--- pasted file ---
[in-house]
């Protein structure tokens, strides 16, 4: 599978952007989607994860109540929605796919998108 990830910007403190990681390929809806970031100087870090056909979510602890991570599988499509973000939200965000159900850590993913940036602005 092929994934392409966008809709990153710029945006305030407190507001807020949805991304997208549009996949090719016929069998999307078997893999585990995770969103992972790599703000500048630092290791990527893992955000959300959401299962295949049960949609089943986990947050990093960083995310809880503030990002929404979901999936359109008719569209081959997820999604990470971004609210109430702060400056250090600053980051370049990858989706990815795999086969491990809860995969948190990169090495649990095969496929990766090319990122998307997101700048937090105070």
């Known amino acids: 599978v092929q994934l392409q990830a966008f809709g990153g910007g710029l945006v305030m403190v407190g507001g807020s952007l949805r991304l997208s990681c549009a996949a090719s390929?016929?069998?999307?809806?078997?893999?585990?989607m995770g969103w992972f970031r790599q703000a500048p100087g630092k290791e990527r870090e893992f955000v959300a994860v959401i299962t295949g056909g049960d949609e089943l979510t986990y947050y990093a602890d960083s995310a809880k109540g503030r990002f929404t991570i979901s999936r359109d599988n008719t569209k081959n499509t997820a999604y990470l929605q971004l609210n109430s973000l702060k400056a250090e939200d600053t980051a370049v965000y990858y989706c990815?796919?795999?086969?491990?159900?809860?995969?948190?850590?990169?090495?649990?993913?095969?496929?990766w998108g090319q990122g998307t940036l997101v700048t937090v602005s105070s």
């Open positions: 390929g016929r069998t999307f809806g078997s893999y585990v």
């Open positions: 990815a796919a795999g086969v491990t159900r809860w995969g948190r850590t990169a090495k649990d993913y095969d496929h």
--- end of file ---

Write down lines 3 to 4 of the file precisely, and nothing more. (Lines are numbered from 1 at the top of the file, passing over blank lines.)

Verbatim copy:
């Known amino acids: 599978v092929q994934l392409q990830a966008f809709g990153g910007g710029l945006v305030m403190v407190g507001g807020s952007l949805r991304l997208s990681c549009a996949a090719s390929?016929?069998?999307?809806?078997?893999?585990?989607m995770g969103w992972f970031r790599q703000a500048p100087g630092k290791e990527r870090e893992f955000v959300a994860v959401i299962t295949g056909g049960d949609e089943l979510t986990y947050y990093a602890d960083s995310a809880k109540g503030r990002f929404t991570i979901s999936r359109d599988n008719t569209k081959n499509t997820a999604y990470l929605q971004l609210n109430s973000l702060k400056a250090e939200d600053t980051a370049v965000y990858y989706c990815?796919?795999?086969?491990?159900?809860?995969?948190?850590?990169?090495?649990?993913?095969?496929?990766w998108g090319q990122g998307t940036l997101v700048t937090v602005s105070s």
């Open positions: 390929g016929r069998t999307f809806g078997s893999y585990v």